World Bulletin / News Desk
British Prime Minister Theresa May on Monday accused Russia of meddling in elections and undermining western institutions.
In her speech at the city of London’s Guildhall during the Lord Mayor’s Banquet – a formal yearly event – May targeted “the scale and nature” of Russia’s actions, saying it was “threatening the international order on which we all depend”.
May said Russia’s “illegal annexation of Crimea” was the first time since the Second World War that a sovereign nation has forcibly taken territory from another in Europe. She said Russia has since fomented conflict in Donbas, mounting “a sustained campaign of cyber espionage and disruption”.
“This has included meddling in elections and hacking the Danish Ministry of Defense and the Bundestag, among many others,” May added, voicing the recent allegations regarding Russia.
“It is seeking to weaponise information. Deploying its state-run media organizations to plant fake stories and photo-shopped images in an attempt to sow discord in the West and undermine our institutions.”
“We know what you are doing,” May warned Russia, adding it won’t succeed as it “underestimates the resilience of our democracies, the enduring attraction of free and open societies and the commitment of western nations to the alliances that bind us”.
“The UK will do what is necessary to protect ourselves and work with our allies to do likewise,” she added.
However, May said British Foreign Secretary Boris Johnson would visit Russia in the coming months, underlining that the U.K. wants to continue dialogue with Russia.
Describing NATO as a vital alliance, May said the U.K. has “stepped up our military and economic support to Ukraine”.
“It is why we are strengthening our cyber security and looking at how we tighten our financial regimes to ensure the profits of corruption cannot flow from Russia into the U.K.,” she said.
May pointed out that they “will take the necessary actions to counter Russian activity”.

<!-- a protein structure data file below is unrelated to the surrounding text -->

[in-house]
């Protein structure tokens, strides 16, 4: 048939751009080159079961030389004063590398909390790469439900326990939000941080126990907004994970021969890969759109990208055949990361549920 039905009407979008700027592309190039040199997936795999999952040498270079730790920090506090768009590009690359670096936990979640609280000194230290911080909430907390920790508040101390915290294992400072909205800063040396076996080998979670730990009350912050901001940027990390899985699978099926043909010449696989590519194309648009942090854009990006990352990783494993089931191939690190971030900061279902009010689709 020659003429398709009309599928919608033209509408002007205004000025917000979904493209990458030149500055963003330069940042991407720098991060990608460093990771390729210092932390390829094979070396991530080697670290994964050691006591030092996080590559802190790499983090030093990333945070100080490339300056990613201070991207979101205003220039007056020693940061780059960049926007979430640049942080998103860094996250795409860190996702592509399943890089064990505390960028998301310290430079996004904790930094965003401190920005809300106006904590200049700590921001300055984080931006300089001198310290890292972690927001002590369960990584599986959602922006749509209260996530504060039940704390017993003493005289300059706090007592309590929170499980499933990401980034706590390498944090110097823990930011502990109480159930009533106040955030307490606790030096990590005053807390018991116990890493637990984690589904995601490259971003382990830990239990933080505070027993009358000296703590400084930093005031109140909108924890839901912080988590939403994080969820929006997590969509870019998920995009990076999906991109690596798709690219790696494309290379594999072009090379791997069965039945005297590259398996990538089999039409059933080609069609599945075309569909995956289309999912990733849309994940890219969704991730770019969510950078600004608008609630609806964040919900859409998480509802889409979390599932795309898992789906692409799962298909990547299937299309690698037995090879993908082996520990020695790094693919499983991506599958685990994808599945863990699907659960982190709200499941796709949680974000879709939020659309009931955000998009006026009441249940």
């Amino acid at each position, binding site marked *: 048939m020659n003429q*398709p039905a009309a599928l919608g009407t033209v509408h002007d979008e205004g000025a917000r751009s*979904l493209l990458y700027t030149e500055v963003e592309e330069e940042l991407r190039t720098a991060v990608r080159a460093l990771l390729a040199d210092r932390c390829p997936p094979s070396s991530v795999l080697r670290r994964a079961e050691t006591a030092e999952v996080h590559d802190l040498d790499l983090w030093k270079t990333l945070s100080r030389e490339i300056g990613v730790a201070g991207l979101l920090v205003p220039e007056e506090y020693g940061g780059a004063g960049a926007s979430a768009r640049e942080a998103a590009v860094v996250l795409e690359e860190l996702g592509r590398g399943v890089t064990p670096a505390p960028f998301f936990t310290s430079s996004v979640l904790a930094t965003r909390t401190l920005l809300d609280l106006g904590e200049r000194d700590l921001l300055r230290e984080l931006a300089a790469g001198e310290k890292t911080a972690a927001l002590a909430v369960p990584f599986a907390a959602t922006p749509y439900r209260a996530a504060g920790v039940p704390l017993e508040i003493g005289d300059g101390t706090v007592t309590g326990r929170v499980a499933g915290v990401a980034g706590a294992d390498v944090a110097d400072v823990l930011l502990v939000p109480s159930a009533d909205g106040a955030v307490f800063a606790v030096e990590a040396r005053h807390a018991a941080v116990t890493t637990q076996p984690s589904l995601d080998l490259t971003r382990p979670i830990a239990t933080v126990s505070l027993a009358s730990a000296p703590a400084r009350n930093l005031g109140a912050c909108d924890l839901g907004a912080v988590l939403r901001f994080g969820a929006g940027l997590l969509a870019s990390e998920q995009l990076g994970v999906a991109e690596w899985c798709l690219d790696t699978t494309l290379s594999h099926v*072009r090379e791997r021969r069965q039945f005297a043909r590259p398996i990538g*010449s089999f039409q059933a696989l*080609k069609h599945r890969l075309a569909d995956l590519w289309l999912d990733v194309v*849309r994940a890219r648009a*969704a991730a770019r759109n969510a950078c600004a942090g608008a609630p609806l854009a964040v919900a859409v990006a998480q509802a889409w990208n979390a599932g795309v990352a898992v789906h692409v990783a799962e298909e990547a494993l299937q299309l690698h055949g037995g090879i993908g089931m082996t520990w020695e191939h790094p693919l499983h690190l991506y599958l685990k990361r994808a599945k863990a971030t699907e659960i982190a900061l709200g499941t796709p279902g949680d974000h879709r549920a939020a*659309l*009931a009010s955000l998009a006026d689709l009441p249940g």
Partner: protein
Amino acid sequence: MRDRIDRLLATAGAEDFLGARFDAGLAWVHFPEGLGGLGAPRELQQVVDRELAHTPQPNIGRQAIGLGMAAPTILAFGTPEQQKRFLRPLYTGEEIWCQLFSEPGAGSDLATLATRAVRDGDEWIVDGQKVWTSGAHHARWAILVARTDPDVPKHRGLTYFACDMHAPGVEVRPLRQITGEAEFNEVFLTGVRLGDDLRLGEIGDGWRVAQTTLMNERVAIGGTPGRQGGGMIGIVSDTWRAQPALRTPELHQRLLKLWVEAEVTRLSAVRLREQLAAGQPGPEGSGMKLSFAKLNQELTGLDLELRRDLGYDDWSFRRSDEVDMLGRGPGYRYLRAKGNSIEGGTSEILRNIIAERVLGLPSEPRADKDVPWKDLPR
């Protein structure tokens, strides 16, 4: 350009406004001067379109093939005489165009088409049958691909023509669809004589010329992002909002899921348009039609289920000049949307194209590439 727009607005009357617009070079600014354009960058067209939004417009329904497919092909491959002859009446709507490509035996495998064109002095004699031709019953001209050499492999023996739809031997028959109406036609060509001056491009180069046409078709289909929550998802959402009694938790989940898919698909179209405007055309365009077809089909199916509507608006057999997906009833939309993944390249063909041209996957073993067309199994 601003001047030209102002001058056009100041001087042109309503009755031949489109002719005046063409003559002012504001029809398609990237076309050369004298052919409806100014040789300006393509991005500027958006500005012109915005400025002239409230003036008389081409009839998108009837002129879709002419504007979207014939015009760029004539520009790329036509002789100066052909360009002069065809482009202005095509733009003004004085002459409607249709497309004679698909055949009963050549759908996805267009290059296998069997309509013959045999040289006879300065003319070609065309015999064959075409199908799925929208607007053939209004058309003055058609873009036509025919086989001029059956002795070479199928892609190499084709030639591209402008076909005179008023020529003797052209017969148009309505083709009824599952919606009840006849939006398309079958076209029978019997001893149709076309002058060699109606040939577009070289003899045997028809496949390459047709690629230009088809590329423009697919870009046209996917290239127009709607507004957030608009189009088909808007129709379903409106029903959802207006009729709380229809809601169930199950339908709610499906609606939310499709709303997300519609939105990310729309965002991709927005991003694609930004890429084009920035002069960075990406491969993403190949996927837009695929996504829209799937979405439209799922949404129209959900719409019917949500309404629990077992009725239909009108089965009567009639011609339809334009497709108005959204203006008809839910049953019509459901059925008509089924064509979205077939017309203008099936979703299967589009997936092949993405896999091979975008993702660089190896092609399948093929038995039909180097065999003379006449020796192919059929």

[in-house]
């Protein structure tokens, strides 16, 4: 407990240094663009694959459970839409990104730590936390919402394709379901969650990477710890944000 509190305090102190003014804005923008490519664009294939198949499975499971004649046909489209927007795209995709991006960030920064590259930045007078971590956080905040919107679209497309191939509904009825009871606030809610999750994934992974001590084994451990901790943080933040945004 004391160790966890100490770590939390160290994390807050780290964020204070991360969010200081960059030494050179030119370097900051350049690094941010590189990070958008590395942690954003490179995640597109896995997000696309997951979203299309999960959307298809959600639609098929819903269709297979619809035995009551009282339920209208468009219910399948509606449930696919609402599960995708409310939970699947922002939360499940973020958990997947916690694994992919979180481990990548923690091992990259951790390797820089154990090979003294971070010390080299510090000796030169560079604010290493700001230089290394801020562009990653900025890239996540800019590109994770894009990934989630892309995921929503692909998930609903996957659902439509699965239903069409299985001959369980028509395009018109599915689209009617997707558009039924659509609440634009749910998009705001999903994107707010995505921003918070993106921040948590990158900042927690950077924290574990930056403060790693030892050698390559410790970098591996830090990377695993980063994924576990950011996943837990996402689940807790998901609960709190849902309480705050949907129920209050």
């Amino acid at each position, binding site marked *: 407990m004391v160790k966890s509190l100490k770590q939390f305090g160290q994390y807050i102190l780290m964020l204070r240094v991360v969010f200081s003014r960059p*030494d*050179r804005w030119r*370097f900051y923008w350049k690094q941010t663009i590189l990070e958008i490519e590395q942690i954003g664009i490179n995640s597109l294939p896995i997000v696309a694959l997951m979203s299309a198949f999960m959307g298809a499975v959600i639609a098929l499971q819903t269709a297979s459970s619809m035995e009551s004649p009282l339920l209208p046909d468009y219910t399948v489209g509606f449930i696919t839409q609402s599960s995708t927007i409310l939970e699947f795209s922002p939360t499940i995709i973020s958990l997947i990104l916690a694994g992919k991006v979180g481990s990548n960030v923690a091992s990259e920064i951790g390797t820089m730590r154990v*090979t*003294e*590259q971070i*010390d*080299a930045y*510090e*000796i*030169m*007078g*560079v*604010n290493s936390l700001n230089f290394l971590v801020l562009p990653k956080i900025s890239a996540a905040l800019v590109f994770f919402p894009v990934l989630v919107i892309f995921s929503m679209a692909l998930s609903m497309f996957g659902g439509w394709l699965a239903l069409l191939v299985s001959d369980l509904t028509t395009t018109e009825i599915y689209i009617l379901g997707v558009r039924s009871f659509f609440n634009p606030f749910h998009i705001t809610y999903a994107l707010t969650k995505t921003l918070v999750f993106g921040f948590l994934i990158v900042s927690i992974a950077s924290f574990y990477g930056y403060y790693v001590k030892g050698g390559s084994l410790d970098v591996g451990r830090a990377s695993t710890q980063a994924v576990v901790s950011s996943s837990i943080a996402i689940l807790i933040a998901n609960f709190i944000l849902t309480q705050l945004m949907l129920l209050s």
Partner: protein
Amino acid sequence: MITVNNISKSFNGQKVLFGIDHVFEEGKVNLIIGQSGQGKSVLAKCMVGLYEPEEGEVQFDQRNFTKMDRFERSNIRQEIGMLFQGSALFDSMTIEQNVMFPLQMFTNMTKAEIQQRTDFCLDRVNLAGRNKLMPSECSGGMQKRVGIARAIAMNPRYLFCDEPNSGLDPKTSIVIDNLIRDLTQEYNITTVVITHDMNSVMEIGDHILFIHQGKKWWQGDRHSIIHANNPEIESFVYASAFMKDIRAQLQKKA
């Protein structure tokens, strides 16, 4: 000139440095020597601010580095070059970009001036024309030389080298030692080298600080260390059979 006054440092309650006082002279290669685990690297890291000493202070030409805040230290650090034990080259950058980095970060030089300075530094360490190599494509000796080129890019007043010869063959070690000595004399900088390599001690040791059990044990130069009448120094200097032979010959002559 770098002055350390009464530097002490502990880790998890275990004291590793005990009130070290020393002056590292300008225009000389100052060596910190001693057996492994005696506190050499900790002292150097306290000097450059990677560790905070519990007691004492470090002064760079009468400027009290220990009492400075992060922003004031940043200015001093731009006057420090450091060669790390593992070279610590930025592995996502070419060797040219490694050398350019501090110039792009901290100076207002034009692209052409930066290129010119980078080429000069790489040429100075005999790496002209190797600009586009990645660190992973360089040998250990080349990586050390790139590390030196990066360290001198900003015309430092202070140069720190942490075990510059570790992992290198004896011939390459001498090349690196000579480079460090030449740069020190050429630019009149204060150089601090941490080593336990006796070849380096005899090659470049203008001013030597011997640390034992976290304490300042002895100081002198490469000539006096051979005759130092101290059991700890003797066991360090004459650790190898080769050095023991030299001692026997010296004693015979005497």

“But this is not where we want to be – and not the relationship with Russia we want,” she said as the U.K. did not want to “return to the Cold War or to be in a state of perpetual confrontation”.
May’s speech came as a serious escalation of the U.K.’s warnings about Russia.
She spoke out against Russia’s aggression towards Eastern Europe during her September visit to Estonia.
"As a permanent member of the UN Security Council, Russia has the reach and the responsibility to play a vital role in promoting international stability,” May added.
"Russia can, and I hope one day will, choose this different path. But for as long as Russia does not, we will act together to protect our interests and the international order on which they depend," she said.
Thousands of supporters poured into the streets of the capital island Male on Friday night and continued their protest rally till early Saturday, the joint opposition said in a statement issued in Colombo.
Also suspended were the accounts of its parent organization, Strategic Communication Laboratories, as well as those of University of Cambridge psychologist Aleksandr Kogan and Christopher Wylie, who runs Eunoia Technologies.
Andrew McCabe was accused of misleading investigators on Clinton Foundation corruption case
Assistant Secretary of State Wess Mitchell told reporters after talks with Cypriot President Nicos Anastasiades on Friday that the U.S. also wants to see a resumption of talks to reunify the ethnically divided island nation.
"There were seven people aboard, they are all believed to be dead," the official said, adding they were US service members.
A doctor at the private Goyal Hospital told AFP Friday that Clinton had undergone screening after suffering pain in her right hand following a fall.
The alliance is "dealing with the issue around this and in cyber and working to define an understanding of what would be a trigger for Article 5," General Curtis Scaparrotti, the commander of NATO forces in Europe, told a US Senate committee.
Speaking to reporters as he returned from a trip to Oman, Afghanistan and Bahrain, Mattis said officials he met with had expressed frequent concerns about Iranian behavior.
The newspaper said that Trump is discussing potential replacements for McMaster, but is willing to take his time because he wants to avoid humiliating him as well as to have a successor ready.
19 individuals, 5 entities blacklisted by Washington
Saeb Erekat slams recent White House meeting on Gaza's deteriorating humanitarian situation
Salim al-Jabouri says Turkey and Iraq will defeat terrorism together through 'full cooperation'
Oil is the lifeblood of OPEC member Venezuela's economy, but a major wave of political unrest that shows no sign of abating has slashed output.
'We shouldn't have to wake up in fear every day, knowing we can lose our lives in schools,' students says.
Known for his free-market stance, television host criticized Trump's tariff plan like his predecessor